The Council continued, saying, “The ways in which energy, particularly electricity, is produced and used continue to evolve, and thus, it is sensible to allow the mechanisms for setting rates to also evolve. We appreciate that the bill’s language is not prescriptive, allowing each utility the freedom to adopt new ratemaking mechanisms that best meet the needs of its territory, pending the Public Utilities Commission’s (PUC) ultimate approval.
“We believe this aspect of the legislation is important because utilities differ in many ways, including the age and condition of infrastructure, the populations they serve, and the amount and types of distributed generation in their service territory, and thus a one-size-fits-all ratemaking structure across all utilities is not appropriate.
“We are particularly interested in the potential to use alternative ratemaking to reduce or eliminate the so-called “throughput incentive,” which ties utility compensation to the amount of energy used, thus putting the utility business case at odds with energy efficiency and distributed generation efforts.
“Performance-based ratemaking, in comparison, ties utility compensation to its financial and operational outcomes, rather than the amount of natural gas or electricity used, thus allowing the utility to develop an innovative business case that serves the needs of ratepayers, helps to achieve environmental outcomes, and allows for the expansion of emerging technologies.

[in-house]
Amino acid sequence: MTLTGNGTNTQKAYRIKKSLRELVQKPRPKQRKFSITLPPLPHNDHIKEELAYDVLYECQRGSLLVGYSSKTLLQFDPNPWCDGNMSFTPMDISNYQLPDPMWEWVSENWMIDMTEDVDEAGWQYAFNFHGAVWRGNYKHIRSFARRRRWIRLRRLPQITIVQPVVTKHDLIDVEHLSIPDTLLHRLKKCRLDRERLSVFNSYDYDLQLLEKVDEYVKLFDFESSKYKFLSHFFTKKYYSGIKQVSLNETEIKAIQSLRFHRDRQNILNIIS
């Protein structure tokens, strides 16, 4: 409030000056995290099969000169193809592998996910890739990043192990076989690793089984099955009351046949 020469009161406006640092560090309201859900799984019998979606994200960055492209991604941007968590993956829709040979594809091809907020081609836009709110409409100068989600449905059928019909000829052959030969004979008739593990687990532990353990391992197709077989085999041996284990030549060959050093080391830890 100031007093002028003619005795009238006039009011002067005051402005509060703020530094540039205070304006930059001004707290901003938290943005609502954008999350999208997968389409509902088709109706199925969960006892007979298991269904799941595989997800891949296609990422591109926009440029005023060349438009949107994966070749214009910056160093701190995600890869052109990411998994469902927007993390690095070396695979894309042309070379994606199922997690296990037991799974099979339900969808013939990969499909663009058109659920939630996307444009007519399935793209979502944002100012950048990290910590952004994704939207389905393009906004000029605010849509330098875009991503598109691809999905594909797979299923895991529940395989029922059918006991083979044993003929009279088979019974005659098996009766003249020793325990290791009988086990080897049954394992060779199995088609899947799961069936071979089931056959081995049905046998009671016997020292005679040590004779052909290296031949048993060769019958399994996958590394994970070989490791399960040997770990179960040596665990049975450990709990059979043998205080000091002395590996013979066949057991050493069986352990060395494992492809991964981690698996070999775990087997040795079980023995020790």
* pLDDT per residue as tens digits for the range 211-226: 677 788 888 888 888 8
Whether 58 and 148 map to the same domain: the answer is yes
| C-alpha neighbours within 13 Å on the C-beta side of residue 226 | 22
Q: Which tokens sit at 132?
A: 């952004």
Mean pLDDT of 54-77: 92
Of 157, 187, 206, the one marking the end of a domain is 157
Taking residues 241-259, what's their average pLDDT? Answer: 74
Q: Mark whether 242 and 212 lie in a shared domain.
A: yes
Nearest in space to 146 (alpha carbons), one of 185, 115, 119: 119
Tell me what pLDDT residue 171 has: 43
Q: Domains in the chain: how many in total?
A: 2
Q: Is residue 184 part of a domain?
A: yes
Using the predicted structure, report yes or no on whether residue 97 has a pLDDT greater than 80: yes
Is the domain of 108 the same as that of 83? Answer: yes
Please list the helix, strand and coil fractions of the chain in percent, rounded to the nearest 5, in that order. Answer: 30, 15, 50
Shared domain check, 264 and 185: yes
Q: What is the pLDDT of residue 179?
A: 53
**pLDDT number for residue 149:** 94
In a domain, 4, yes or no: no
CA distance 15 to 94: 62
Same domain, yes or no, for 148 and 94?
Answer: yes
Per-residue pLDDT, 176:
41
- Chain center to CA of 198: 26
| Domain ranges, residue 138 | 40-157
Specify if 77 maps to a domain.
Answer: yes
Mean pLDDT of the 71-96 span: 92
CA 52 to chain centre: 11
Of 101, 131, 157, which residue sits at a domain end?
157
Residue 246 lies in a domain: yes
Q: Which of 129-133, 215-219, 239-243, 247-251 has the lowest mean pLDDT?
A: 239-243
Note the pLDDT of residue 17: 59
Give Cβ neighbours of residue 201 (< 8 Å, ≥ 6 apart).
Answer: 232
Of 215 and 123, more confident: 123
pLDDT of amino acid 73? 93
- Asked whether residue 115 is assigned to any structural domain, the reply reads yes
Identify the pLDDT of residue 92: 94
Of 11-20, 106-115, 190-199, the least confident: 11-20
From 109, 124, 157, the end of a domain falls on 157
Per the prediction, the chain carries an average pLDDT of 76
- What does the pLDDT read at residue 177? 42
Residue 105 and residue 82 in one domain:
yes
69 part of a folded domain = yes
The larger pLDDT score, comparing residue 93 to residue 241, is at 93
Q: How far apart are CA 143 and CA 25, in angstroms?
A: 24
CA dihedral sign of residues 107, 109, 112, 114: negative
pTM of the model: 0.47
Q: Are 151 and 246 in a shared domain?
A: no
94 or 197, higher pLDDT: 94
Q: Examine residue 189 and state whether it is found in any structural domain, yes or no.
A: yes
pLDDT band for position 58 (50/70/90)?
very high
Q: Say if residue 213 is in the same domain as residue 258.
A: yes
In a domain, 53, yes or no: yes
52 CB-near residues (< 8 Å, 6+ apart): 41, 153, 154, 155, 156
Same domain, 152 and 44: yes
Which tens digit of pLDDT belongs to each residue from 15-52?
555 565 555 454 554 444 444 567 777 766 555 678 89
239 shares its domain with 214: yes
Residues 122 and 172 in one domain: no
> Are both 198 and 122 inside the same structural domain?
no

“Perhaps most importantly, the legislation allows for alternative ratemaking, but does not mandate it, allowing each utility, with PUC approval, to set the ratemaking mechanism(s) that best meet the needs of its customers.”
Rep. Robert Godshall (R-Montgomery) serves as Majority Chair of the Committee and can be contacted by sending email to: rgodshal@pahousegop.com. Rep. Thomas Caltagirone (D-Berks) serves as Minority Chair and can be contacted by sending email to: RepCaltagirone@pahouse.net.
(Based in part on reporting by PA Legislative Services.)